INCIDENCE AND RISK FACTORS FOR RAPID DECLINE OF PRESERVED ESTIMATED GLOMERULAR FILTRATION RATE AMONG PATIENTS WITH HYPERTENSION IN A COMMUNITY HOSPITAL
Background: Hypertension is the second most common leading cause of chronic kidney disease. Related studies explored the causes of the rapid decline of kidney function in advanced kidney disease. However, the causes of the rapid decline of kidney function in the early stage or preserved function of hypertensionrelated kidney disease are less evident.
Objectives: The study aimed to identify the incidence and associated risk factors for the decline of the glomerular filtration rate (GFR) among patients with hypertension with preserved kidney function, estimated GFR (eGFR) above 60/mL/min/1.73m2, at a community hospital.
Methods: A retrospective cohort study was conducted among patients with hypertension with 2 eGFR measures at least 1 year apart and were identified from all cases attending at the Outpatient Department, Sanam Chai Khet Hospital, Chachoengsao Province. The incidence of the estimated rate of eGFR decline greater than 5 mL/min/1.73m2 yearly (ERGFR5/yr) was determined. In addition, potential risk and protective factors were identified using Poisson Regression.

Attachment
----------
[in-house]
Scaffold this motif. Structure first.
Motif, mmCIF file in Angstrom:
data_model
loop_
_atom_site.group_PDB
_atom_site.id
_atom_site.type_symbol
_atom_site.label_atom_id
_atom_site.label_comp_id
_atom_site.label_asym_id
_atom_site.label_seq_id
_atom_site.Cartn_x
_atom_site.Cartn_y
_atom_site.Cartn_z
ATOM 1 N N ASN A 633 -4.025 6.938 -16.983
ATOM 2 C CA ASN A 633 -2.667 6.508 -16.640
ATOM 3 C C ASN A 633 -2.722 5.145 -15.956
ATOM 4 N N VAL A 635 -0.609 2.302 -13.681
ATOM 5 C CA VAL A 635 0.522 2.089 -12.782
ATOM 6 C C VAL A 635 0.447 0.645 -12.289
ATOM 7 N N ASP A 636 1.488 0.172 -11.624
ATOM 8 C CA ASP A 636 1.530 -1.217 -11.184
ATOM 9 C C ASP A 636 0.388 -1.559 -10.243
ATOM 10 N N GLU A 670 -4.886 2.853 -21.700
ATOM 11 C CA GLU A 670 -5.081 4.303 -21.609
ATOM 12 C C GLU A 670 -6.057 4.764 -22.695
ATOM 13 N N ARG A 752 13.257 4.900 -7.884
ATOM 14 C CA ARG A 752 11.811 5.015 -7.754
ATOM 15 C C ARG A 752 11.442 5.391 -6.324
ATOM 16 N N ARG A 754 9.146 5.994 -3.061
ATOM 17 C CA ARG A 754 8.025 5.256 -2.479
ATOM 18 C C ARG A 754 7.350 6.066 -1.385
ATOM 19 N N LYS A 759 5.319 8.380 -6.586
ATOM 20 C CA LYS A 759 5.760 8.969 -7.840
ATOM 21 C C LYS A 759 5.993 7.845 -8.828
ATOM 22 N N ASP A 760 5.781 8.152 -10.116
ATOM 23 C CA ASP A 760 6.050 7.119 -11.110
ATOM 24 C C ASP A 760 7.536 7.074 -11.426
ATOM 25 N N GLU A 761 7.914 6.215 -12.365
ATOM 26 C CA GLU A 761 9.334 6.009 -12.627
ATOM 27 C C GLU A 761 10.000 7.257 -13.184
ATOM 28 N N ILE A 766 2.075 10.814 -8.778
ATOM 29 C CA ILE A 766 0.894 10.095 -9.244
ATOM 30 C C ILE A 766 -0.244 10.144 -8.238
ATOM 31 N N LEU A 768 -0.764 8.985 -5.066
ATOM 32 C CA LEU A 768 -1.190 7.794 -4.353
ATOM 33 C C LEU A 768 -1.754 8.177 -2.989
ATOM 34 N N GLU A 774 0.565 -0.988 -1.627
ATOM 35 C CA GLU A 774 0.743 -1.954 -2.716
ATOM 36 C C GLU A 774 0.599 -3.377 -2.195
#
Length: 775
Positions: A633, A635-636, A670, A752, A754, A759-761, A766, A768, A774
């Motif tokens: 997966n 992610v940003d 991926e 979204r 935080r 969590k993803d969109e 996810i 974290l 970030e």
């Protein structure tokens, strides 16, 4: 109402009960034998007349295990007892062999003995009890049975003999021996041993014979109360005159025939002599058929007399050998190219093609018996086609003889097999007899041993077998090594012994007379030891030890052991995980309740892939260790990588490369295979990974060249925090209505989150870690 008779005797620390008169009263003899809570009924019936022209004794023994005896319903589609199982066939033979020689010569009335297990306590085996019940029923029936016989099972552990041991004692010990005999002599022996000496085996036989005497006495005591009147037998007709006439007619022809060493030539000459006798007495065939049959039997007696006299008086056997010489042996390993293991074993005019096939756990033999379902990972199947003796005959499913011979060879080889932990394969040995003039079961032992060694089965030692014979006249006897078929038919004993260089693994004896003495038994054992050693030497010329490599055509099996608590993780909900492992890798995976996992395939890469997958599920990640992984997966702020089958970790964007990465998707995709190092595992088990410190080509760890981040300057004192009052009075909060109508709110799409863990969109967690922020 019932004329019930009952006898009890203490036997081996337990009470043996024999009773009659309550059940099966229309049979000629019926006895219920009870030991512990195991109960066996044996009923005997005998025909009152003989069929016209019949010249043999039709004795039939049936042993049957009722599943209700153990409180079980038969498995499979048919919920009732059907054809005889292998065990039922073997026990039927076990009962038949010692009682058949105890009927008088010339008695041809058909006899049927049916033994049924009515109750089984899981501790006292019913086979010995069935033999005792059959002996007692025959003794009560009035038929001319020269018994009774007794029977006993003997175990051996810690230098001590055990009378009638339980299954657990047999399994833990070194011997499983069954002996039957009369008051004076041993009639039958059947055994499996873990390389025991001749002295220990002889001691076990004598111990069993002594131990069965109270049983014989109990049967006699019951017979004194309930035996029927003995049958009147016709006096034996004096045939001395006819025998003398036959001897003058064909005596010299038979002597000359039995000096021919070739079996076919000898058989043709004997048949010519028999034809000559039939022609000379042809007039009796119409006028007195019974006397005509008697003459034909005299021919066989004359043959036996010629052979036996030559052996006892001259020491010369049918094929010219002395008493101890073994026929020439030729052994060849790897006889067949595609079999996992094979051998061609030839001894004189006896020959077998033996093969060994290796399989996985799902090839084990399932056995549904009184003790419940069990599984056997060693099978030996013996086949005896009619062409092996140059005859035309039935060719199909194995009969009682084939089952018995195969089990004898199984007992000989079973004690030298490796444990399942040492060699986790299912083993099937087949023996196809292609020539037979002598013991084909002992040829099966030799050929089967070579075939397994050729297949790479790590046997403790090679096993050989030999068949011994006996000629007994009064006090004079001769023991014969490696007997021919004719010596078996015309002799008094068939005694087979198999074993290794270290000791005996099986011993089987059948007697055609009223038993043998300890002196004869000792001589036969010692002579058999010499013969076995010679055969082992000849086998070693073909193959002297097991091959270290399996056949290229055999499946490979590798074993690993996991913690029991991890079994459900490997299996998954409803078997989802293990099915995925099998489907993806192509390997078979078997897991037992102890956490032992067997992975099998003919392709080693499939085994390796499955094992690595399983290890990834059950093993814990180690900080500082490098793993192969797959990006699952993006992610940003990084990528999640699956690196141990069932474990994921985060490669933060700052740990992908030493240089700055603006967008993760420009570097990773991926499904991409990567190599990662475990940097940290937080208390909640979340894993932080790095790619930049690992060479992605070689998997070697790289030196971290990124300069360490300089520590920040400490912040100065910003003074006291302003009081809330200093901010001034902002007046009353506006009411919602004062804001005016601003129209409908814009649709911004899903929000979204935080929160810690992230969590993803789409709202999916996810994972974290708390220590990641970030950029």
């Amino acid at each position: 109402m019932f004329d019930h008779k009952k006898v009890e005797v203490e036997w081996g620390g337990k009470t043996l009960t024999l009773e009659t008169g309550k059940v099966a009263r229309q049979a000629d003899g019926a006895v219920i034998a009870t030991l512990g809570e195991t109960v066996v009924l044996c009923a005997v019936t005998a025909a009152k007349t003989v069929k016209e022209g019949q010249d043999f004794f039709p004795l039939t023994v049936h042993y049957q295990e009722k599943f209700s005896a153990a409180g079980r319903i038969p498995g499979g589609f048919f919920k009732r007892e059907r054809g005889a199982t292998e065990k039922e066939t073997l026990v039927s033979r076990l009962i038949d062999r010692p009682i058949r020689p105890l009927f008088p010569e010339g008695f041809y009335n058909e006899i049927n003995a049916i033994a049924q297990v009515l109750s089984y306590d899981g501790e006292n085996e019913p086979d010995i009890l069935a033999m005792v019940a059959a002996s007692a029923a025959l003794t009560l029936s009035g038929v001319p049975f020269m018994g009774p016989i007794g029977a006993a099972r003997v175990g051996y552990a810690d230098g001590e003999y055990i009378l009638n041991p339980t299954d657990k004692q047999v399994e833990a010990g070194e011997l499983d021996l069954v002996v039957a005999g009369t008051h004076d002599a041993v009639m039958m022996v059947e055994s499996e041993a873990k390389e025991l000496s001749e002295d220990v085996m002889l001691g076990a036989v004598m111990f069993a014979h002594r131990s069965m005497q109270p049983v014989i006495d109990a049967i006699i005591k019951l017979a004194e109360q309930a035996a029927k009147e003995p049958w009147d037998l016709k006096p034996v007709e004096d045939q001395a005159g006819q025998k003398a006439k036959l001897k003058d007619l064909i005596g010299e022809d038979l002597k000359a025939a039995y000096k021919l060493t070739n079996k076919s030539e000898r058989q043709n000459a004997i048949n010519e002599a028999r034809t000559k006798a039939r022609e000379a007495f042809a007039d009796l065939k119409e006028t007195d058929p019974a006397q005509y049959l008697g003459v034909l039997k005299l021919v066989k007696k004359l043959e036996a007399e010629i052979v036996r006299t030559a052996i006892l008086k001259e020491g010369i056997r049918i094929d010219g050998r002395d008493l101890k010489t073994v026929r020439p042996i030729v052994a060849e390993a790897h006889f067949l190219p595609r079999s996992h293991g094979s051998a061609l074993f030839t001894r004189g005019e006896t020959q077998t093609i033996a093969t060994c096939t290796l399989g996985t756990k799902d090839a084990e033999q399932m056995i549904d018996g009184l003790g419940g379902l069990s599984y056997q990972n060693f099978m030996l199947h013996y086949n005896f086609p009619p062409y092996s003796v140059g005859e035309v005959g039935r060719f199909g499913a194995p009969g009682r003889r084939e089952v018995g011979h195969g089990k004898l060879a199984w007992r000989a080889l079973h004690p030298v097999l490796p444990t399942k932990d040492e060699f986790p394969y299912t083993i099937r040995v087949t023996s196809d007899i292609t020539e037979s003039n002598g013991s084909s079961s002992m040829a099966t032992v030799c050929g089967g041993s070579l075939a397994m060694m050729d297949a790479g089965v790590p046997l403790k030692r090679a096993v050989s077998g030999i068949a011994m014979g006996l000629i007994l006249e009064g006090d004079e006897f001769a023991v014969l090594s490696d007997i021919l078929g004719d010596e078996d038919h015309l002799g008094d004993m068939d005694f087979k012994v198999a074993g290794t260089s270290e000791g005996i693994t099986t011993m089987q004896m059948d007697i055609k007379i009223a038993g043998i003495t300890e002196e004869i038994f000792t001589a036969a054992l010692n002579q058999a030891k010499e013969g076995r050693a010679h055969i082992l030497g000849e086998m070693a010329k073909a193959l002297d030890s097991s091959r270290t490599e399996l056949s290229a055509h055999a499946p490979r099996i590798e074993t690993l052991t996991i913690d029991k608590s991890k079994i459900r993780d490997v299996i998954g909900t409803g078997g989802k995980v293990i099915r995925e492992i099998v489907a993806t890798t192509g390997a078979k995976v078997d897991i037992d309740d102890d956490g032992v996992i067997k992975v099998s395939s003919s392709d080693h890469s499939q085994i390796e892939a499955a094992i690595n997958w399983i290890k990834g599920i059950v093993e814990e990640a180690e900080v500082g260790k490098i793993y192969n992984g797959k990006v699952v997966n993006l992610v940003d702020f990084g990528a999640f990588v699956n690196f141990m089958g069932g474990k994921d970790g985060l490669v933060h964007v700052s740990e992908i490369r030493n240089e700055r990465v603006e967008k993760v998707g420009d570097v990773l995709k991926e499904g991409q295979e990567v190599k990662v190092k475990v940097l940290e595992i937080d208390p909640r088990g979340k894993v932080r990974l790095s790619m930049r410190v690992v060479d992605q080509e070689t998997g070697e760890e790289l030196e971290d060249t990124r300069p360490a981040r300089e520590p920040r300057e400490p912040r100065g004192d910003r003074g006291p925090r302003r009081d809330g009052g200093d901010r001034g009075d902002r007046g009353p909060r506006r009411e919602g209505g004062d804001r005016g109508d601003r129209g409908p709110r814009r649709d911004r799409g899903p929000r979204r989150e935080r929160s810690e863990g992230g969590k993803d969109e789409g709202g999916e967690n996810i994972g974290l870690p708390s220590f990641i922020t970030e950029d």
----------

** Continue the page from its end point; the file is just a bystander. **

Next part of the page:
Results: Of 1,328 patients with hypertension, 53.05% were females. The mean age was 59.68 ± 11.58 years. The mean GFR measure at the 1st visit was 88.71± 14.73 mL/min/1.73m2. The incidence of ERGFR5/yr was 11.1 (95% CI: 10.1-12.3)) per 100-person year. Risk factors were being 60 years or older with an incidence rate ratio (IRR) of 1.4 (95% CI: 1.11-1.77), having diabetes mellitus with an IRR of 1.67 (95% CI: 1.37-2.04) and uncontrolled hypertension with an IRR of 1.15 (95% CI: 1.10-1.20).
Conclusion: The incidence of ERGFR5/yr among renal preserved patients with hypertension was relatively low compared with other studies. Aggressive intervention among patients with comorbidity could reduce the incidence of rapid decline in eGFR.
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